"You need name ID to do this thing in a state this size," Crist later told CNN. "It's hard to be recognized unless you've done what I've done."
As Crist leans on old connections and a personal touch, Fried has built on an online following through late-night Twitter chats with her audience, sharply edited videos highlighting Crist's Republican past and capturing viral moments on the campaign trail. The two will debate for the first and only time on July 21.
"Charlie has been doing this for 30 years. He has relationships that go back decades," Fried said. "And a lot of my relationships are newer and people know I'm not a typical Democrat, meaning I stand up for things differently, I talk differently and I don't play internal party politics. And unfortunately that's what Charlie does. I don't play games. He offers positions to people, he cuts deals, and I'm not willing to do that."
Fried has seized on the Democratic outrage over the US Supreme Court eliminating the federal right to an abortion to jump-start a campaign that has been beset by staff shake-ups, lackluster fundraising and an ethics complaint over past income disclosures. She said that as a woman, she is uniquely situated to capture this reinvigorated wave of energy from Democratic voters.
"I'm talking to a lot of women from across the state," Fried said. "They've all turned to me with a collective voice, saying, 'You have to win, you're our protector and our fighter.'"
Crist, meanwhile, has a complicated and conflicting history on abortion. He has called himself "pro-life" in the past. He explained to a Florida television station earlier this year, "I'm still pro-life, meaning I'm for life. I hope most people are." He recently said he regretted appointing to the state Supreme Court a pair of justices who have ruled to uphold abortion restrictions.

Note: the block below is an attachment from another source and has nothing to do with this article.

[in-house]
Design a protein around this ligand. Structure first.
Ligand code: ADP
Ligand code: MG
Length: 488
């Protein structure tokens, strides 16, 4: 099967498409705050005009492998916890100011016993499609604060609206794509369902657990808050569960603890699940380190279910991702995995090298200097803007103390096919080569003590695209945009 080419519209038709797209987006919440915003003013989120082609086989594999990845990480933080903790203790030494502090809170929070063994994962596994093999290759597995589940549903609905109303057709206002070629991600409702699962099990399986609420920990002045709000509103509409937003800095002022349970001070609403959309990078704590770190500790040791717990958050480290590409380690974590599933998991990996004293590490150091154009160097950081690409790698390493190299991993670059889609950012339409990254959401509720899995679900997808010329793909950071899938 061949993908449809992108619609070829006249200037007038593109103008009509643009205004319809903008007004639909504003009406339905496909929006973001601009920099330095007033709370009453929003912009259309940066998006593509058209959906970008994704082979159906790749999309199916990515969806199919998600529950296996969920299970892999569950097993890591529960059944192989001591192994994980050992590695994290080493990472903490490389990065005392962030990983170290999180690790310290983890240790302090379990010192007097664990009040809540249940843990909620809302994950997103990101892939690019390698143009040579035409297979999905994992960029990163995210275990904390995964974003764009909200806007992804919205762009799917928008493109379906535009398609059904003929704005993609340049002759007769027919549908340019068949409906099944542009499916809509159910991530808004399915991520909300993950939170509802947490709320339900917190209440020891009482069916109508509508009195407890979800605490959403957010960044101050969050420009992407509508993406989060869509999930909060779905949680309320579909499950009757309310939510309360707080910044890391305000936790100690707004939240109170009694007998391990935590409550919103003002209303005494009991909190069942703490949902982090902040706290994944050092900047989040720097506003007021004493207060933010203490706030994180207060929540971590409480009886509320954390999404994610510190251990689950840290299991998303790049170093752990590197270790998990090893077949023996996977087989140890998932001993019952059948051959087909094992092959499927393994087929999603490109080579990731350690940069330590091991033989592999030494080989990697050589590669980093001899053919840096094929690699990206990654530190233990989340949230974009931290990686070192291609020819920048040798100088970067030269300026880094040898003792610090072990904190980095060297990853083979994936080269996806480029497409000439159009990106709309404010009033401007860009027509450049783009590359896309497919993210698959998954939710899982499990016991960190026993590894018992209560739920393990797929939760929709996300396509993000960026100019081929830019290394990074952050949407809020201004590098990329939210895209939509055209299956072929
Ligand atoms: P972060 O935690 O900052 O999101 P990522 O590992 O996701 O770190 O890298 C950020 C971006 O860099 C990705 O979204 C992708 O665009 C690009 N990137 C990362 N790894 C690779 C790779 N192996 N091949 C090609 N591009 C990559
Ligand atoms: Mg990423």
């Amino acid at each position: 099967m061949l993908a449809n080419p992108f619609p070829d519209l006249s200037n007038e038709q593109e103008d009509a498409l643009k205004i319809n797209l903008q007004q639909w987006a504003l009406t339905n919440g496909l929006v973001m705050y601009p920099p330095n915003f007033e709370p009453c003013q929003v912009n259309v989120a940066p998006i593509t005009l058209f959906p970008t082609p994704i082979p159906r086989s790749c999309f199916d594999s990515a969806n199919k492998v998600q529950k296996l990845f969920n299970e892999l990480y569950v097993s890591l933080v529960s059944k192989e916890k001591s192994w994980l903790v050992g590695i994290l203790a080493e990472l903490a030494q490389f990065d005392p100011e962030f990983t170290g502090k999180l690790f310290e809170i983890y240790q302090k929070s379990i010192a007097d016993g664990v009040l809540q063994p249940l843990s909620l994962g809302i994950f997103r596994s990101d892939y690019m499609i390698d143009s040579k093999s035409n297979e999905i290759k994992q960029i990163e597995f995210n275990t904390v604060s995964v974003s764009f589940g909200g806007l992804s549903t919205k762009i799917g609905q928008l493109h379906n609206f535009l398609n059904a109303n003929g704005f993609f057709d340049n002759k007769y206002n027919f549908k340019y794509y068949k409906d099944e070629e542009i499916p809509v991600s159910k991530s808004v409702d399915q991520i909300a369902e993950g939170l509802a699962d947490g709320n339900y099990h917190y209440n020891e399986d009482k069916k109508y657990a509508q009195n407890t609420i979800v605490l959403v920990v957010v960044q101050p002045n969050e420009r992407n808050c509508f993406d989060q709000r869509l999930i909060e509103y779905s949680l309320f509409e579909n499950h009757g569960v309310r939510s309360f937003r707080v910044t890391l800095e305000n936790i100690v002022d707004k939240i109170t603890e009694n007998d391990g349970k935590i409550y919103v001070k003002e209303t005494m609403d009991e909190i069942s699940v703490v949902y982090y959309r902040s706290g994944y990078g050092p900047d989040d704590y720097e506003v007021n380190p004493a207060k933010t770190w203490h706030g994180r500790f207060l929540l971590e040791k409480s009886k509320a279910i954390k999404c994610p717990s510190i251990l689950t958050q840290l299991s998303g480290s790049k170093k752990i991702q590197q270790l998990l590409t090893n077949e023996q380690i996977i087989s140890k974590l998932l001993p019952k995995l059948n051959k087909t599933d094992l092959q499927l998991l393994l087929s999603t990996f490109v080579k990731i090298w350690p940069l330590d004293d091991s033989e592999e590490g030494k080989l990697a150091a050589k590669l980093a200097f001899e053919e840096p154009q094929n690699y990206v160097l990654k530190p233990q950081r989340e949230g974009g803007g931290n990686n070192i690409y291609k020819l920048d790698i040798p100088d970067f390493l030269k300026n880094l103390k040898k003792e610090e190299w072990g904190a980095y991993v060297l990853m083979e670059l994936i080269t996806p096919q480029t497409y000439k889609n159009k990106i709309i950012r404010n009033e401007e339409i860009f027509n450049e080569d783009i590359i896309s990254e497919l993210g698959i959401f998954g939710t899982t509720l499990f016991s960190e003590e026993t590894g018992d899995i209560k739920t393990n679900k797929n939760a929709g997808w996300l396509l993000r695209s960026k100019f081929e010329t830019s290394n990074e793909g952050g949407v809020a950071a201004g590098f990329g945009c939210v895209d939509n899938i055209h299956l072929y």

Yet, Crist has been a reliable vote for abortion rights in the House, and he has secured endorsements from Barbara Zdravecky, the former CEO of Planned Parenthood of Southwest and Central Florida, and Alex Sink, the state's former elected chief financial officer who founded an organization that recruits and trains Democratic women who support abortion rights to run for office.
"I just think he's certainly best prepared to be governor and do the things we need him to do," said Sink, who lost a bid to succeed Crist as governor in 2010. "But also he's best prepared to win and raise the money to wage the fight against DeSantis."
State Rep. Anna Eskamani, an outspoken advocate for abortion rights, was publicly dismissive of Crist's gubernatorial run when he first announced in May of last year, tepidly calling him "better than DeSantis." But Crist worked to convince her of his progressive bona fides. They held events together to oppose a state bill that would curb residential solar power and to fight DeSantis' tax policies. Eskamani was surprised how many people who showed up knew Crist.
"That name ID, of course, it can trigger different emotions, there's that trust there and it reminds me of Joe Biden," she said. "I definitely didn't predict we would be there, but this is Florida."
Leaning on Black voters
Much as Biden did, the Crist campaign is banking that his familiarity with Black Floridians will carry him through the primary. Black voters make up 30% of registered Democrats in the state and have been instrumental in determining the party's nominee in past elections.